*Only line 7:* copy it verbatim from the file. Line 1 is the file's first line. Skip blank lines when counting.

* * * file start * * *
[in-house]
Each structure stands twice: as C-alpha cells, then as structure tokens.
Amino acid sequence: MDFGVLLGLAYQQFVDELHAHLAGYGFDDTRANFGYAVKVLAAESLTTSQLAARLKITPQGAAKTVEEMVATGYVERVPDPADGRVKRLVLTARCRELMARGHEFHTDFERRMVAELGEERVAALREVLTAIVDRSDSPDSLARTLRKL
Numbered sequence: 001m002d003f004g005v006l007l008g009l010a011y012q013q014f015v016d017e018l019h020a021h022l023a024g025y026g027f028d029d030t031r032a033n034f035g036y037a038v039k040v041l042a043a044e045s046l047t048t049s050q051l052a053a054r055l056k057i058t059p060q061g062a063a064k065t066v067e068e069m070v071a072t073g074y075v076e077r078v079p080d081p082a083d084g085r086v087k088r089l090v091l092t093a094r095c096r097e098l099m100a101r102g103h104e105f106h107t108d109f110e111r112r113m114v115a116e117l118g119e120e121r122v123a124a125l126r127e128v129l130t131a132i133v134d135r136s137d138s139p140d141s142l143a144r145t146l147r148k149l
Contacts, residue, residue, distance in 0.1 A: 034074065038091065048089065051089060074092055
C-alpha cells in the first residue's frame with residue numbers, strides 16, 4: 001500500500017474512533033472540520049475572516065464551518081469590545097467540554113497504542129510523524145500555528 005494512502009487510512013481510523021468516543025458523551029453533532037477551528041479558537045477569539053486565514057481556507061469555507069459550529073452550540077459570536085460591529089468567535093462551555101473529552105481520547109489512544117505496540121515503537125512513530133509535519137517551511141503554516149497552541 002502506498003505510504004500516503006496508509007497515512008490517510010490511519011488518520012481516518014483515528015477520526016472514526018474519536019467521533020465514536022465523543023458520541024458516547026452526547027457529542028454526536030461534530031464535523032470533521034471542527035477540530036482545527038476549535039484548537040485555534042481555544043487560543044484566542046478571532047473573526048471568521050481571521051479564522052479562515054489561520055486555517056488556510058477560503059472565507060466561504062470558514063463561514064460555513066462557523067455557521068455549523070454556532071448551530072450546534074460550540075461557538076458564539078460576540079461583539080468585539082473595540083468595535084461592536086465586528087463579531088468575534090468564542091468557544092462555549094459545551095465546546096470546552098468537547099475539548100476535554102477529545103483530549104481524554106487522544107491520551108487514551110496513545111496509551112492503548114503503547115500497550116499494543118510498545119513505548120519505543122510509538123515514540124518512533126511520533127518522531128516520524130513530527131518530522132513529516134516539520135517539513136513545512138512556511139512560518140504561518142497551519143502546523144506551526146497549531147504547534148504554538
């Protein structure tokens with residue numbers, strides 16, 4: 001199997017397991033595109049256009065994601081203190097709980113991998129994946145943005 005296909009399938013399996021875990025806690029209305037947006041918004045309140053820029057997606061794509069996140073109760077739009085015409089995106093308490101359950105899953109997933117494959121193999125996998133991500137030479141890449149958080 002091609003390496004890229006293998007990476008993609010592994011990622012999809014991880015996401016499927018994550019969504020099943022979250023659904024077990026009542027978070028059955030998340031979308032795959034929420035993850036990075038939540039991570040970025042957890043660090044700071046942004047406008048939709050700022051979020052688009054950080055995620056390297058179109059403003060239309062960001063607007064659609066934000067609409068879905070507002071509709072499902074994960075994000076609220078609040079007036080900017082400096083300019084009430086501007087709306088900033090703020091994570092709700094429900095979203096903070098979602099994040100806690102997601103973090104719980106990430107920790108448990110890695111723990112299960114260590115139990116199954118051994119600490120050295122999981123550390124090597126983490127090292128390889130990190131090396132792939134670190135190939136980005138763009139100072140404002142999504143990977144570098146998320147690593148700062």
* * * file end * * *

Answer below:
């Protein structure tokens with residue numbers, strides 16, 4: 001199997017397991033595109049256009065994601081203190097709980113991998129994946145943005 005296909009399938013399996021875990025806690029209305037947006041918004045309140053820029057997606061794509069996140073109760077739009085015409089995106093308490101359950105899953109997933117494959121193999125996998133991500137030479141890449149958080 002091609003390496004890229006293998007990476008993609010592994011990622012999809014991880015996401016499927018994550019969504020099943022979250023659904024077990026009542027978070028059955030998340031979308032795959034929420035993850036990075038939540039991570040970025042957890043660090044700071046942004047406008048939709050700022051979020052688009054950080055995620056390297058179109059403003060239309062960001063607007064659609066934000067609409068879905070507002071509709072499902074994960075994000076609220078609040079007036080900017082400096083300019084009430086501007087709306088900033090703020091994570092709700094429900095979203096903070098979602099994040100806690102997601103973090104719980106990430107920790108448990110890695111723990112299960114260590115139990116199954118051994119600490120050295122999981123550390124090597126983490127090292128390889130990190131090396132792939134670190135190939136980005138763009139100072140404002142999504143990977144570098146998320147690593148700062």